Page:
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LCS Defends Against Swarm Boats in Live Fire Tests

by Kris Osborn on November 12, 2013

REFILE - CORRECTING SPELLING OF LOCATION WHERE PICTURE WAS TAKENThe future USS Freedom (LCS 1), the first ship in the U.S. Navy's new Littoral Combat Ship (LCS) class, undergoes builder's trials on Lake Michigan near Marinette, Wisconsin in this picture taken July 28, 2008. LCS is a focused-mission ship designed to defeat threats such as mines, quiet diesel submarines and fast surface craft. The 378-foot future USS Freedom is being designed and built by a Lockheed Martin-led industry team. Picture taken July 28.   REUTERS/U.S. Navy/Lockheed-Martin/Handout   (UNITED STATES).  FOR EDITORIAL USE ONLY. NOT FOR SALE FOR MARKETING OR ADVERTISING CAMPAIGNS.The U.S. Navy’s third Littoral Combat Ship fired its 57mm and 30mm guns against mock enemy targets while moving quickly through the water and coordinating with an MH-60R helicopter during its recent live-fire test of the surface warfare mission package aboard the USS Fort Worth, service officials said.

The live-fire exercise aboard LCS 3, which took place at Point Mugu Range, Calif., was designed to place the ship’s surface warfare weapons in a combat-like scenario in order to assess its ability to defend the ship from fast-moving small boats, said Capt.  John Ailes, an official with Program Executive Office, Littoral Combat Ships.

“We demonstrated in day and night environments that the optical sights would slew to the target, hit the target, and destroy things despite the high speeds of maneuvering small boats. From a fire control standpoint, this showed that you have an end to end capability and can bring ordnance on targets,” Ailes told Military​.com in an interview.

The surface warfare mission package on the LCS will improve the Navy’s existing ability to counter the swarming small boat threat, he added. The LCS has endured rounds of criticism following a report by Defense Department’s director of operational test and evaluation that the ship is “not expected to be survivable” in combat.

The LCS’ maneuverability, speed and ability to identify and destroy fast-moving approaching threats such as small boats speaks to the ships’ overall survivability in combat, Ailes added.

The testing at point Mugu represents the second phase of developmental testing for the surface warfare mission package, a suite of  technologies designed to integrate with the boat’s infrastructure and give the LCS an ability to use speed, munitions, helicopters, radar and other things to bear upon a potential surface-combat scenario, Ailes said.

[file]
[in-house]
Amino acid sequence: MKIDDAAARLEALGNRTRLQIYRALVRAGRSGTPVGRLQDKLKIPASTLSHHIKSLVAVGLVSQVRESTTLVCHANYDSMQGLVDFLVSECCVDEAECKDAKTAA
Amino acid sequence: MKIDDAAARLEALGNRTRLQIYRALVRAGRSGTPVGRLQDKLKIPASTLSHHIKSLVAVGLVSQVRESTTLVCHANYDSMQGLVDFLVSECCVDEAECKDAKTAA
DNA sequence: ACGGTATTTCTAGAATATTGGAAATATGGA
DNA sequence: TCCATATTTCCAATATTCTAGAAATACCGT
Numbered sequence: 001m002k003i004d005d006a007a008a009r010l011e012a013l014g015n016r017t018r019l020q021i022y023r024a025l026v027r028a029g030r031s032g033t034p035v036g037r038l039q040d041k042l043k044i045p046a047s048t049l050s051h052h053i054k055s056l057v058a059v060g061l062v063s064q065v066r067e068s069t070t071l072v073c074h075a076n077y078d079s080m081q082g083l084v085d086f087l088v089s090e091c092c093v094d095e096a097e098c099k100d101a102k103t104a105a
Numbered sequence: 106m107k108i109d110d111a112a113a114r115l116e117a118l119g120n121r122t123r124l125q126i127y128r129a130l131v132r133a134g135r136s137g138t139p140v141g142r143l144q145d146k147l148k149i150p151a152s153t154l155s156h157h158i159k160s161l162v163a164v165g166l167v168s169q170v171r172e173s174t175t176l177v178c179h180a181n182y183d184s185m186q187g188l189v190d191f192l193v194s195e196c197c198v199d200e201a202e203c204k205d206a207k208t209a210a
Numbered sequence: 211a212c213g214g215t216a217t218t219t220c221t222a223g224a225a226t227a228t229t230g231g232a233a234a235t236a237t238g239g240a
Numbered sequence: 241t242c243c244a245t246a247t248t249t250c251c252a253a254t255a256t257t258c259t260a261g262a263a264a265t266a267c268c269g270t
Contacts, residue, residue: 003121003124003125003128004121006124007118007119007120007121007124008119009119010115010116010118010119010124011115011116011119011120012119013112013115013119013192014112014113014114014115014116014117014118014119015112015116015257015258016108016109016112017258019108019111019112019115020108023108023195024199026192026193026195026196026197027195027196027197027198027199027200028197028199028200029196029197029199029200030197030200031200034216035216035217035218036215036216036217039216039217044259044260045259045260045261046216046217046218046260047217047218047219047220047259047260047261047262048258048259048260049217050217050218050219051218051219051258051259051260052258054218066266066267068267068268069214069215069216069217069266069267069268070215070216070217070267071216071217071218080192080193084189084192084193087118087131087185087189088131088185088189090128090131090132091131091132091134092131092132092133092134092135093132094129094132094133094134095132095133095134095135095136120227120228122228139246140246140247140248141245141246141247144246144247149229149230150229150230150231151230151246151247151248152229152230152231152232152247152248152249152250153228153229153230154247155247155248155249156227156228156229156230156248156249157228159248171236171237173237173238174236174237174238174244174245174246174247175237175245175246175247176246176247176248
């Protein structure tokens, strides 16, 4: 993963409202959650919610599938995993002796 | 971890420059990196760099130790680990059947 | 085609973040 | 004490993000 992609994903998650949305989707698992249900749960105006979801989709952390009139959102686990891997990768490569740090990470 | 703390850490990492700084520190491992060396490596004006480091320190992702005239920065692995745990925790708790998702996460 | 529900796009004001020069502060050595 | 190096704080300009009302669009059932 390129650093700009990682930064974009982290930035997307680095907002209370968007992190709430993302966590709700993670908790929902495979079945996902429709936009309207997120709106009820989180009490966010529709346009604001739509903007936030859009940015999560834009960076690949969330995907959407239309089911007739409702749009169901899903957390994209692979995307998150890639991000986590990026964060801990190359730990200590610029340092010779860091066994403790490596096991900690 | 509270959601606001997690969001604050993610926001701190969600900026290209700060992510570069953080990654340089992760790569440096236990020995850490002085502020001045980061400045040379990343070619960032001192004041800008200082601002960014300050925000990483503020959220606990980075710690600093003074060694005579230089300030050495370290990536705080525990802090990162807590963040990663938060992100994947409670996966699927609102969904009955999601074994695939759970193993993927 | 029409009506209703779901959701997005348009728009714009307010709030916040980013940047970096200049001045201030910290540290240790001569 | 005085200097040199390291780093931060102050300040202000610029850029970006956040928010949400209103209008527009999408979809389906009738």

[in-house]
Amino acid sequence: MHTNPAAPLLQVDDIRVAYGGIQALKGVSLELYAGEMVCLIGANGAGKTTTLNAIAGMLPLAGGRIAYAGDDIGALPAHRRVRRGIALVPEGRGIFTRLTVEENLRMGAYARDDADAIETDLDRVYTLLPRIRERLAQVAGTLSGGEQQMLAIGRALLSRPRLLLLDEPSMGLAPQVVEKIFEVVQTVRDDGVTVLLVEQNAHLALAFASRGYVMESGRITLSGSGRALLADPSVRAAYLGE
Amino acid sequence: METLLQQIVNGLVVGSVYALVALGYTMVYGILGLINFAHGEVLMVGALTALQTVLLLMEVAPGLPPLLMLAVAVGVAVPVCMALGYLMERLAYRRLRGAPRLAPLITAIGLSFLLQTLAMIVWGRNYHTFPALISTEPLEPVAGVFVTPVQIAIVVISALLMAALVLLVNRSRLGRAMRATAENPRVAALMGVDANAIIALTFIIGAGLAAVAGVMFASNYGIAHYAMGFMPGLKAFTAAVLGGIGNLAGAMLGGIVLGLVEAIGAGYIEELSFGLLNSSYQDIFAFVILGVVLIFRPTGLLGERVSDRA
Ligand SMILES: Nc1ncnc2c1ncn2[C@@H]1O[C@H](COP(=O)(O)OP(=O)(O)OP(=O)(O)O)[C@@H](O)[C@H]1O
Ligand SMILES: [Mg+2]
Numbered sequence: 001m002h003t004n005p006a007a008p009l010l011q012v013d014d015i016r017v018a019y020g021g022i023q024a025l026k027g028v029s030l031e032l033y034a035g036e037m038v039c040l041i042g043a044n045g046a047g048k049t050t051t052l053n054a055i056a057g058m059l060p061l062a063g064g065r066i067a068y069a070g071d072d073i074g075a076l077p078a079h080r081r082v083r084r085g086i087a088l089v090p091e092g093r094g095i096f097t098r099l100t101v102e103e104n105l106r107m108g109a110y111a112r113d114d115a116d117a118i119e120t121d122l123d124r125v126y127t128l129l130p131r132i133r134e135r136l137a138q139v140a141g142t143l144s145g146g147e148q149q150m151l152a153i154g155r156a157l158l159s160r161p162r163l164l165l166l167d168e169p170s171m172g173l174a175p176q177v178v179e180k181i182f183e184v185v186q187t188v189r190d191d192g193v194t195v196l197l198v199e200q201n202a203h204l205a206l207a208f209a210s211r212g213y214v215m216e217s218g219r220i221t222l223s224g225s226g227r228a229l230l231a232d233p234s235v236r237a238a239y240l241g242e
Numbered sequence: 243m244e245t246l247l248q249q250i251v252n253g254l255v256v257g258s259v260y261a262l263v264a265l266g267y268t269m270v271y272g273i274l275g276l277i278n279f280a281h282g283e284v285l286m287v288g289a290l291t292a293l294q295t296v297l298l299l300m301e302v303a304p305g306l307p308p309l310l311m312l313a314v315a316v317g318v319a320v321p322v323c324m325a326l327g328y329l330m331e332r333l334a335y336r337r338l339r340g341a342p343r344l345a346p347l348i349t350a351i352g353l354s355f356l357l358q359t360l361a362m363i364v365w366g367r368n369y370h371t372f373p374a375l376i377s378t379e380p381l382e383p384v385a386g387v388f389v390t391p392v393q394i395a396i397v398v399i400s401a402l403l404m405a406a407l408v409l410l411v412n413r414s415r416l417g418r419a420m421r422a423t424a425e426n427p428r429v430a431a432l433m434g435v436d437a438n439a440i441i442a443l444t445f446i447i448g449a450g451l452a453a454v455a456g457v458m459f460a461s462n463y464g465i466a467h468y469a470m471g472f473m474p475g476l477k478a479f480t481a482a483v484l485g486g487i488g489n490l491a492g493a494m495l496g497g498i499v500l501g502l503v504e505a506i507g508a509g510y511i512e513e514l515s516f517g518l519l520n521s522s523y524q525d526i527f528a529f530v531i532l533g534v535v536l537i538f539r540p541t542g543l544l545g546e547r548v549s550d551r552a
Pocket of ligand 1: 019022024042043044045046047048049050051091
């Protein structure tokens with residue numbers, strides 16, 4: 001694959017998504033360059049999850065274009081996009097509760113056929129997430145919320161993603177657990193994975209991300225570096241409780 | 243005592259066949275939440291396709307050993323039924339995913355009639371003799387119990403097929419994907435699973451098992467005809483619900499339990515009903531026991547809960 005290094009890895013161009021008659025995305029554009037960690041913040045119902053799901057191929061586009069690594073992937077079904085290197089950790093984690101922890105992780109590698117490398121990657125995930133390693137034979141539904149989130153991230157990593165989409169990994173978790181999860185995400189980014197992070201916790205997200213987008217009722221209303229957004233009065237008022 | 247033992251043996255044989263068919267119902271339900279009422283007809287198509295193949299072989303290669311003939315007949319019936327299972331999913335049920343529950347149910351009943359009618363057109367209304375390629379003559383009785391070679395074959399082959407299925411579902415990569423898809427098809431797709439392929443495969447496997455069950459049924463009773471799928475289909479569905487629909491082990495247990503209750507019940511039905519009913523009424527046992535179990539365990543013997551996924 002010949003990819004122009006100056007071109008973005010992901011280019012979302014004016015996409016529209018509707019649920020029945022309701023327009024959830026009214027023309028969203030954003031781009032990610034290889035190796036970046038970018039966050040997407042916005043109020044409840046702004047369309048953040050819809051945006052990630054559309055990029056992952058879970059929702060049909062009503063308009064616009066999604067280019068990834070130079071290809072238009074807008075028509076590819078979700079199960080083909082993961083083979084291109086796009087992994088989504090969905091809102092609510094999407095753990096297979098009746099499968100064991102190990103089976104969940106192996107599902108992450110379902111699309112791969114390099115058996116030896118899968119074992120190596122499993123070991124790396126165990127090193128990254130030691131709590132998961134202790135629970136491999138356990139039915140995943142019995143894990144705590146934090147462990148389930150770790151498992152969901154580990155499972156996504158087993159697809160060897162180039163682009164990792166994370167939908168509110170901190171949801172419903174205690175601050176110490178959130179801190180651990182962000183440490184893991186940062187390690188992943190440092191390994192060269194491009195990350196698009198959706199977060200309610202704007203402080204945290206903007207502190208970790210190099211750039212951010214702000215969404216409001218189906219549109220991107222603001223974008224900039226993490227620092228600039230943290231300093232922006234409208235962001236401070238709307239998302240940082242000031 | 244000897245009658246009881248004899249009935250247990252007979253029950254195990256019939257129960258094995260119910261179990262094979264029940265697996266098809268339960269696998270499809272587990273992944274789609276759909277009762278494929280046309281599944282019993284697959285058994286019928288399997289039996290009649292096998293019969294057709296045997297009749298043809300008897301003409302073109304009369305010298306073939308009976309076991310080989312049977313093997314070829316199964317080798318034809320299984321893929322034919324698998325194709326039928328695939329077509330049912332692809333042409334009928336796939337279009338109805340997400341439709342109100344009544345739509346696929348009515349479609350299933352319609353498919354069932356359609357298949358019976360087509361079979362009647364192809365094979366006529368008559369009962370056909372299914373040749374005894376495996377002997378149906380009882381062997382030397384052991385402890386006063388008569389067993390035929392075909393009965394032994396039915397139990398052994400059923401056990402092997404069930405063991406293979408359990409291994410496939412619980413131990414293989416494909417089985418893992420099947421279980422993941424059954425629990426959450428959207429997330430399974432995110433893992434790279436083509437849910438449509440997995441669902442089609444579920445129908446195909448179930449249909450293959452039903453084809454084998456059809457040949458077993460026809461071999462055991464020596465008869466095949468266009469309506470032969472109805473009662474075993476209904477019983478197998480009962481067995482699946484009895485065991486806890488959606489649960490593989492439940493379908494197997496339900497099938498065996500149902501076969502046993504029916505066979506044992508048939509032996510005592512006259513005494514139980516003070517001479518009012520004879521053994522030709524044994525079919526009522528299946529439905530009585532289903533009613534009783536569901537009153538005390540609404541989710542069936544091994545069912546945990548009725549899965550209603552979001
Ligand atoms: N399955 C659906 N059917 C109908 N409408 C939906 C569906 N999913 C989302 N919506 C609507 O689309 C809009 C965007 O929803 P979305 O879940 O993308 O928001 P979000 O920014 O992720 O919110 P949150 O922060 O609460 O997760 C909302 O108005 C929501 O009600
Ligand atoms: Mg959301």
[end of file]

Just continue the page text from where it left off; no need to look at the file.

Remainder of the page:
“This is a final verification that all challenges were behind us. Daytime and nighttime firings were spectacular. The 57mm and 30mm guns destroyed the targets and an MH-60R helicopter provided radar data which we then passed to the fire control system,” he explained.

The surface warfare mission package draws upon air assets such as the MH-60, but also integrates 11-meter rigid hull inflatable boats and a full suite of on-board weaponry and munitions, Ailes said. The mission package contains gun mission modules firing a MK 46 gun weapons system with a MK 44 30mm automatic cannon and surface-to-surface missiles capable of engaging fast-moving small boat threats.

The surface warfare mission package also includes a a 19-person surface warfare detachment and a 23-person aviation detachment, Navy officials said.

The LCS mission packages, which also include mine-countermeasures and anti-submarine warfare configurations, are designed to improve the ship’s offensive and defensive capabilities, as they are engineered to bring a new level of technical ability to the Navy fleet, service officials explained.

The mission packages and the LCS seaframe are engineered to be able to accommodate technological advances in areas such as electronic systems, weapons, electronic warfare equipment and intelligence, surveillance and reconnaissance as they emerge.

These live fire tests for the USS Fort Worth will be followed by technical and operational evaluations designed to finalize development for the technology, Ailes said. The initial operational test and evaluation for the surface warfare mission package will be conducted in early 2014, service officials said.

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